1. Ron Howard's ambitious movie and TV adaptation of Stephen King's Dark Tower saga has been cancelled. I had high hopes for this project, but it's not surprising that Universal Pictures had cold feet about the proposed budget. It's a real shame, because I think it could have been something truly special. Allegedly, Howard isn't giving up on it and is shopping it around to another studio. Fingers crossed that we'll see the adventures of Rowland the Gunslinger come to life someday in a worthy production.
2. The death of singer Amy Winehouse was another tragic example of celebrities gone too soon. I liked her song "Rehab," but I can't say that I was a huge fan of hers. Nevertheless, it's always terrible to hear about a talented person losing her life, especially at the tender age of 27. As of this writing, the cause of her untimely death is still undetermined, but she was notorious for her drug and alcohol problems -- if her addictions led to her passing, it should be another warning sign not just for pop stars but for everyone that abuse of controlled substances can have bitter consequences and ought not be glamourized. We've lost far too many people already, from established legends to up-and-comers who had their futures nipped in the bud. Some other factor may have led to Winehouse's demise, but I somehow think that if more people around her had tried to give her the help she needed, her end may not have come so quickly.
3. Another sad death last week was the suicide of baseball pitcher Hideki Irabu. He was a superstar in Japan and tried to continue that success in America. The greatest memory I have of him is his first game pitching for the New York Yankees. It was an electrifying night, the crowd was cheering him on, and for that one game at least he delivered. The rest of his career from that point on was mediocre at best, never living up to the stellar (and probably unrealistic) expectations that everyone had. The tabloids giddily repeated George Steinbrenner's unfortunate nickname for him ("fat toad") at every opportunity, but he should be remembered more than just a footnote in the National Pastime. His glory days in Japan were great indeed, and I for one am saddened that he cut his life short at the age of 42. The path to fame and fortune in professional sports is paved with countless obstacles and hurdles, and even those at the peak of their game can quickly stumble and never reach that zenith that once seemed so close. The awful thing about suicide is that it takes away any chance of regained glory in any capacity. The darkness seems to win. Those of us left behind should remember the positives of the life cut prematurely.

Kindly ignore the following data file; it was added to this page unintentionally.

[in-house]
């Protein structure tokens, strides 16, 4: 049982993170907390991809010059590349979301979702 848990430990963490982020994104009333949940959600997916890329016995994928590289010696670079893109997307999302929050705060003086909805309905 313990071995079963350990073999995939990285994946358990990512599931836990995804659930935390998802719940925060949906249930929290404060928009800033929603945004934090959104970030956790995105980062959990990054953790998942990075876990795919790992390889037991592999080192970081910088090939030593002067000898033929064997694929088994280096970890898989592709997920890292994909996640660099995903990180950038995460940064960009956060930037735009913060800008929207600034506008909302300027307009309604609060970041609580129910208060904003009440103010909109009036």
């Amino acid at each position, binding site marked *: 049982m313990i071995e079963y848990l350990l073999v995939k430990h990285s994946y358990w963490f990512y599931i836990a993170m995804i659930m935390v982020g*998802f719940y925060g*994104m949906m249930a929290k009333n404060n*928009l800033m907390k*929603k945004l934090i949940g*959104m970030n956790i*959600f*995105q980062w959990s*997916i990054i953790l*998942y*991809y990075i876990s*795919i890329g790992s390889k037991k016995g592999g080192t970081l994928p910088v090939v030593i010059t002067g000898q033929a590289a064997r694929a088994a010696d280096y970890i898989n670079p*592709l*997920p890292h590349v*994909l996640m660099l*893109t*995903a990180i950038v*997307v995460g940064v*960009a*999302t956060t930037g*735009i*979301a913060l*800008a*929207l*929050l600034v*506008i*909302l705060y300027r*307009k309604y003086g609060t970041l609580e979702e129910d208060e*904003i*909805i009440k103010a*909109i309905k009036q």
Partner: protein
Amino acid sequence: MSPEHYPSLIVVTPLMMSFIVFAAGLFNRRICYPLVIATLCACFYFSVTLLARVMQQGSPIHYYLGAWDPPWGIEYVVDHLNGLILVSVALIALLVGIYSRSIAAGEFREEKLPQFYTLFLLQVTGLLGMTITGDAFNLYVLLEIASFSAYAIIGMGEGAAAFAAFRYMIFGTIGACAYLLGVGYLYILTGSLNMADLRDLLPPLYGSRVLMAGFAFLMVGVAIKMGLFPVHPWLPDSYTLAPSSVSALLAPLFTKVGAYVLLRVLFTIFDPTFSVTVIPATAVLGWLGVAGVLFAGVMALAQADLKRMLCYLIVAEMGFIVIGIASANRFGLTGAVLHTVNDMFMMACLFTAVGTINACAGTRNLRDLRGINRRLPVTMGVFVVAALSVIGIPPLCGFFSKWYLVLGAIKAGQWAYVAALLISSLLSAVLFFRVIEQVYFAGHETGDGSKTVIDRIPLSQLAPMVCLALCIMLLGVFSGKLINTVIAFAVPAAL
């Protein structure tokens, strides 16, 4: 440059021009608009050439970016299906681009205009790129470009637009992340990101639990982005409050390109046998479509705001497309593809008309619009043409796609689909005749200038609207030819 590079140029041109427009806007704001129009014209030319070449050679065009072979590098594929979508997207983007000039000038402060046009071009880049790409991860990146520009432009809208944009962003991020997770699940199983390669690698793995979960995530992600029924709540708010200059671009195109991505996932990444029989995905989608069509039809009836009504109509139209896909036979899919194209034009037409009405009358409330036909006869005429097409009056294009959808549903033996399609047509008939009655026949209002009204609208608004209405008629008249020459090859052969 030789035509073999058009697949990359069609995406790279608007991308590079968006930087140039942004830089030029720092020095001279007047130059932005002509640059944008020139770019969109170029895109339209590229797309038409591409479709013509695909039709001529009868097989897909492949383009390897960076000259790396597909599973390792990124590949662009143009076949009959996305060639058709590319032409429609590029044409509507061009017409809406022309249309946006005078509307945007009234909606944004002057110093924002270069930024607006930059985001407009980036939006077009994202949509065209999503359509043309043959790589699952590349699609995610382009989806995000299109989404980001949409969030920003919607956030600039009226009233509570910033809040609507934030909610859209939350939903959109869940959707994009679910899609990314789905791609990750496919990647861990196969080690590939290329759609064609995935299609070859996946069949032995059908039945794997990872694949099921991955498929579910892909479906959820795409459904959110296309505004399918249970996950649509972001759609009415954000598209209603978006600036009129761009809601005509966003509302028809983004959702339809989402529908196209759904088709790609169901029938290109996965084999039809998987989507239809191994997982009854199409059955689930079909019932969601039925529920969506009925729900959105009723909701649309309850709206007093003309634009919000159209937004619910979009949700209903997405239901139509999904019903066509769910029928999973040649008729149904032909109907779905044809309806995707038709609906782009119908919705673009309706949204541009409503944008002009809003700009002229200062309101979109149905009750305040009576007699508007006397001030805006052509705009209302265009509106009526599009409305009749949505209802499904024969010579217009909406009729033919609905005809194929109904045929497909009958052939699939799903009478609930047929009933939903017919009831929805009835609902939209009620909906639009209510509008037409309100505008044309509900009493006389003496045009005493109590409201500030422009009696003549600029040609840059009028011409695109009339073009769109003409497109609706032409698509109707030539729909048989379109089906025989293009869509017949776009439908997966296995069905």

4. The news that Borders bookstores are closing should come as no surprise. Brick and mortar retail shops have been struggling for a long time now. Unlike Barnes 'n' Noble, which embraced e-commerce through BN.com and the Nook e-reader to complement its in-store sales, Borders lacked the forsight and the business sense to compete. It's not a sign that print is dead, but rather a sign that print needs to embrace reality and partner with its electronic counterpart. The customer is always right, and if customers were still flocking to physical bookstores, Borders would still be open. Instead, it's the latest casualty in a long chain of retailers who thought the status quo could continue uninterrupted without having to innovate and keep up with the times.
5. Last Thursday marked two years since I posted my first entry on Open Salon. Despite recent technical issues on the site and reports of Salon's struggles to keep its blog hub thriving, I think it's still one of the greatest communities in cyberspace. I have discovered some great writers on OS and continue to be thrilled every time one of my essays is selected as an Editor's Pick or a cover story. More than anything, I value the feedback I continue to receive from readers on the Web site. Every new comment, whether it's praise or constructive criticism or just a shared perspective, inspires me and motivates me. Whatever the future may hold for OS, I continue to be thankful that I'm a part of it.